Kenya’s main opposition leader, Raila Odinga, addressed rallies of cheering supporters in two Nairobi strongholds Sunday and called for a work stoppage to protest the deaths of at least 24 people in post-election clashes with police.
“Tomorrow there is no work,” Odinga told supporters gathered in Kibera, a slum district of the capital. “We predicted they would steal the election, and that's what happened. We are not done yet. We will not give up.”
President Uhuru Kenyatta was reelected Tuesday by a margin of 1.4 million votes, according to the Independent Electoral and Boundaries Commission. But a coalition of opposition parties says it has evidence of irregularities during the vote count and maintains that Odinga is the rightful winner.
Senior figures in the opposition National Super Alliance have ruled out a legal challenge, despite calls from international observers to resolve their complaints in court.
Calm returned to most of Odinga’s strongholds Sunday after police used live ammunition to quell protests and rioting that erupted when the official results were announced late Friday, according to Kenyan human rights observers. But there were reports of clashes between rival ethnic groups in at least one Nairobi slum after nightfall.
Manoah Esipisu, a presidential spokesman, warned that any further unrest would be dealt with by police.
“The violent protests are unlawful, so let me be perfectly clear here: The police will not tolerate breaches of the peace,” he said. “Instead, they will protect the lives and property of Kenyans, and they will restore law and order.”
Esipisu said Kenyans had made their choice and elected Kenyatta.
“It remains for us to reflect on the results and to unite in building the country,” he said. “It’s now time for us all to get back to work and move this country forward.”
Odinga, however, accused Kenyatta’s political alliance, Jubliee, of killing innocent protesters.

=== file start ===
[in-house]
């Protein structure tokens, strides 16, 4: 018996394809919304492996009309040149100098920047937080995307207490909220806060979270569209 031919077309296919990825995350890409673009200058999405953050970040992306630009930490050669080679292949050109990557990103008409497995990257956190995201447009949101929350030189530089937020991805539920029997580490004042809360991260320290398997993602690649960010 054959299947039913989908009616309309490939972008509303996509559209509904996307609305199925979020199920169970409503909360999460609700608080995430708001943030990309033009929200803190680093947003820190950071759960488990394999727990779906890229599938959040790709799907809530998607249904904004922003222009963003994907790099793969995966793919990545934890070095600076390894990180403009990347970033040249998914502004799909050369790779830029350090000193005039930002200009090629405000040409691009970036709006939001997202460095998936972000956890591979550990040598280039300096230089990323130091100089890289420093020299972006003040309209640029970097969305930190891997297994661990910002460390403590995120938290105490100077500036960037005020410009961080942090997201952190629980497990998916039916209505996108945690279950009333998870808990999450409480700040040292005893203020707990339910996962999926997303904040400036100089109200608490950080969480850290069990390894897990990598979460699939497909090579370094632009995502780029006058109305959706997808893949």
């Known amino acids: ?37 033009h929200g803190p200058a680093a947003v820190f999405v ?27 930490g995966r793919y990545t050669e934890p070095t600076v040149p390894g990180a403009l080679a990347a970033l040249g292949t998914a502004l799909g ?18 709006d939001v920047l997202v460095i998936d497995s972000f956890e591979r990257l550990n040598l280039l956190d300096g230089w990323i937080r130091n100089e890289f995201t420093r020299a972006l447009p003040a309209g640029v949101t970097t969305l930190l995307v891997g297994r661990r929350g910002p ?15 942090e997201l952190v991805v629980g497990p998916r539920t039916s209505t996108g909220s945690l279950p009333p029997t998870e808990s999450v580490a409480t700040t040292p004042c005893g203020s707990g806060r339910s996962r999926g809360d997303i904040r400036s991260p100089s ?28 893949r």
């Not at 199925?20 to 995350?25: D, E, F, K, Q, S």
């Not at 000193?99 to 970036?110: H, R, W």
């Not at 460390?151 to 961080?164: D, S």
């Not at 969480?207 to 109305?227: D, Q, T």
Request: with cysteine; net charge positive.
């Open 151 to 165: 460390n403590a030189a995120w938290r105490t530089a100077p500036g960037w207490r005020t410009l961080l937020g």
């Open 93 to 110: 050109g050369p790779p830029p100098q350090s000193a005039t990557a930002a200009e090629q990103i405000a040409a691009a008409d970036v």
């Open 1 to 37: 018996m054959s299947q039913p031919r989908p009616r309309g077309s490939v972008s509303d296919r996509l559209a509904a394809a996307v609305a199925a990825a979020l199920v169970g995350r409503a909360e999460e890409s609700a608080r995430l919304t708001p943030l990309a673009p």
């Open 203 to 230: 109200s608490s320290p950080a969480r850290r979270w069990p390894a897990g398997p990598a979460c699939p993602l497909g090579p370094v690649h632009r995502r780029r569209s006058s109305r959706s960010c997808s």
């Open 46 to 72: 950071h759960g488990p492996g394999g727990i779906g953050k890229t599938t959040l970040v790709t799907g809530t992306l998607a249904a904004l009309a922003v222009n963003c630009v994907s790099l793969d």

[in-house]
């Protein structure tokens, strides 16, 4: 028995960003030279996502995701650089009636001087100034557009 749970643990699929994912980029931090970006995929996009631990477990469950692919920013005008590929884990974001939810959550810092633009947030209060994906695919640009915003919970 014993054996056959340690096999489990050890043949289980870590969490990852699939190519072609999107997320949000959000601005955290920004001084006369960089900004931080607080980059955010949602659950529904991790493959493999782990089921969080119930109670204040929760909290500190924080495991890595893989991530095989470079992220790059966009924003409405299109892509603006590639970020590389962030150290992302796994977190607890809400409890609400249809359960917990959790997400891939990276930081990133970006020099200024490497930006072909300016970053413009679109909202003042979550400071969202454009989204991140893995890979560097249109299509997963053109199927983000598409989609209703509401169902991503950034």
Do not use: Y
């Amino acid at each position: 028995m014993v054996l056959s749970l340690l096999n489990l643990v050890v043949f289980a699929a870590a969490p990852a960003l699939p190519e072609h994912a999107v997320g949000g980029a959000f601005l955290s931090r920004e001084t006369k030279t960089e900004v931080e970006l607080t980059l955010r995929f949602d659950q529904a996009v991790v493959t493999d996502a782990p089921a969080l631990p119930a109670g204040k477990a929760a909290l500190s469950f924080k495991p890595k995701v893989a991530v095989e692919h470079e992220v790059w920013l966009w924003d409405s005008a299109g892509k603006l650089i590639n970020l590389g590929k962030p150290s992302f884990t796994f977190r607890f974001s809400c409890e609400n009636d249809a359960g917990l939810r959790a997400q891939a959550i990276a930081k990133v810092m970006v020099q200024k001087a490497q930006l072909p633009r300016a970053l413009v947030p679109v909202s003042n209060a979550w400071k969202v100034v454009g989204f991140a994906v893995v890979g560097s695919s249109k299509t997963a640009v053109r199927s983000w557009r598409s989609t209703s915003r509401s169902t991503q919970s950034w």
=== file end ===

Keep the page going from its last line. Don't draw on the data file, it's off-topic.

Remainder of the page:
“As we mourn Kenyans killed by Jubilee-mandated death squads, let's observe tomorrow as a day of mourning for the fallen patriots,” he tweeted Sunday.
Opposition officials say as many as 100 protesters were killed by police and their bodies disposed of secretly, but have produced no evidence to support their claims.
Another senior opposition leader at the Kibera rally, James Orengo, underscored the need for peaceful protests to challenge the election result.
“We want peace, but we want peace with justice,” he said. “When we call you to action, peaceful action, don’t stay behind.”
Orengo also accused Kenyan media of distorting the truth in their post-election coverage and called for a boycott of the Nation Media Group, the largest in East Africa.
Later, Odinga visited another slum district, Mathare, where he met with the family of a 10-year-old girl, Moraa Nyarangi, who was killed when police fired at protesters. His supporters crammed onto balconies and clambered onto rooftops, chanting, “Uhuru must go.”
Odinga addressed the crowd from the open sunroof of his vehicle. Afterward jubilant crowds ran alongside his convoy waving branches and shouting, “No peace.”
Clashes broke out that night between members of the Kikuyu and Luo ethnic groups in Mathare, the Associated Press reported. In a nation where political support divides along ethnic lines, Kenyatta is a Kikuyu and Odinga is a Luo. Similar violence after another disputed election in 2007 killed an estimated 1,500 people.
Odinga has been under pressure from the government and international community to call his supporters off the streets and turn to the nation’s courts for redress.
“The European Union expects the opposition to respect the results and to use legal means available for appeals and complaints,” EU foreign policy chief Federica Mogherini said in a statement late Saturday.
United Nations Secretary-General Antonio Guterres echoed the call and urged Kenya’s leaders to tell their supporters to refrain from violence.
However, a failed legal challenge to the election results in 2013 appears to have left Odinga with little appetite for that approach.